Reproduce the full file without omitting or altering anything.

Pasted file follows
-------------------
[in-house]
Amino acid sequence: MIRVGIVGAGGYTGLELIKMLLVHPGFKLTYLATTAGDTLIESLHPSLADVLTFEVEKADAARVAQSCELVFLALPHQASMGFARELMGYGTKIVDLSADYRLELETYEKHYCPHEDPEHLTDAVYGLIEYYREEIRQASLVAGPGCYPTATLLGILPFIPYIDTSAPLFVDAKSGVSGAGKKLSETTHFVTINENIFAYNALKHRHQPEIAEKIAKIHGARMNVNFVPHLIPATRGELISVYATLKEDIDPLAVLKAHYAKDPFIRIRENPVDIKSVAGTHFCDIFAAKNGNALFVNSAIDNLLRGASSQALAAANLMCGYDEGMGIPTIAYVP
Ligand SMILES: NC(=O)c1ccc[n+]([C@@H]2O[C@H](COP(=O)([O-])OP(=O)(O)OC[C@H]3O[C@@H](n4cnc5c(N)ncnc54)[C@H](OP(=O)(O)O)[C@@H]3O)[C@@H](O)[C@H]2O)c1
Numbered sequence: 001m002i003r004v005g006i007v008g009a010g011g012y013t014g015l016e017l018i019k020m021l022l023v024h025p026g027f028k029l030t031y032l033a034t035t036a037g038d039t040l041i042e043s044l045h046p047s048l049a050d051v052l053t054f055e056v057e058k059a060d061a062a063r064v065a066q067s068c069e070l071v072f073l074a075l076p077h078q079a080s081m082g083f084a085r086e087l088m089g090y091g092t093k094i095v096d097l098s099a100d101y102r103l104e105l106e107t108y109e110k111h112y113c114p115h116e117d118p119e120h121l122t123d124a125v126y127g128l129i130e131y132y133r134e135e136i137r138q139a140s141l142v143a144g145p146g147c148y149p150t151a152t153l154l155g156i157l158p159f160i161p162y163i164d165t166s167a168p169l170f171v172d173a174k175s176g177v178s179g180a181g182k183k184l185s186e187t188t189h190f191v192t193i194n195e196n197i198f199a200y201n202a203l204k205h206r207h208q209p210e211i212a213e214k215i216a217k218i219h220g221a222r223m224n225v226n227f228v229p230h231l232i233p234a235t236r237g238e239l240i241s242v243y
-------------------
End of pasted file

[in-house]
Amino acid sequence: MIRVGIVGAGGYTGLELIKMLLVHPGFKLTYLATTAGDTLIESLHPSLADVLTFEVEKADAARVAQSCELVFLALPHQASMGFARELMGYGTKIVDLSADYRLELETYEKHYCPHEDPEHLTDAVYGLIEYYREEIRQASLVAGPGCYPTATLLGILPFIPYIDTSAPLFVDAKSGVSGAGKKLSETTHFVTINENIFAYNALKHRHQPEIAEKIAKIHGARMNVNFVPHLIPATRGELISVYATLKEDIDPLAVLKAHYAKDPFIRIRENPVDIKSVAGTHFCDIFAAKNGNALFVNSAIDNLLRGASSQALAAANLMCGYDEGMGIPTIAYVP
Ligand SMILES: NC(=O)c1ccc[n+]([C@@H]2O[C@H](COP(=O)([O-])OP(=O)(O)OC[C@H]3O[C@@H](n4cnc5c(N)ncnc54)[C@H](OP(=O)(O)O)[C@@H]3O)[C@@H](O)[C@H]2O)c1
Numbered sequence: 001m002i003r004v005g006i007v008g009a010g011g012y013t014g015l016e017l018i019k020m021l022l023v024h025p026g027f028k029l030t031y032l033a034t035t036a037g038d039t040l041i042e043s044l045h046p047s048l049a050d051v052l053t054f055e056v057e058k059a060d061a062a063r064v065a066q067s068c069e070l071v072f073l074a075l076p077h078q079a080s081m082g083f084a085r086e087l088m089g090y091g092t093k094i095v096d097l098s099a100d101y102r103l104e105l106e107t108y109e110k111h112y113c114p115h116e117d118p119e120h121l122t123d124a125v126y127g128l129i130e131y132y133r134e135e136i137r138q139a140s141l142v143a144g145p146g147c148y149p150t151a152t153l154l155g156i157l158p159f160i161p162y163i164d165t166s167a168p169l170f171v172d173a174k175s176g177v178s179g180a181g182k183k184l185s186e187t188t189h190f191v192t193i194n195e196n197i198f199a200y201n202a203l204k205h206r207h208q209p210e211i212a213e214k215i216a217k218i219h220g221a222r223m224n225v226n227f228v229p230h231l232i233p234a235t236r237g238e239l240i241s242v243y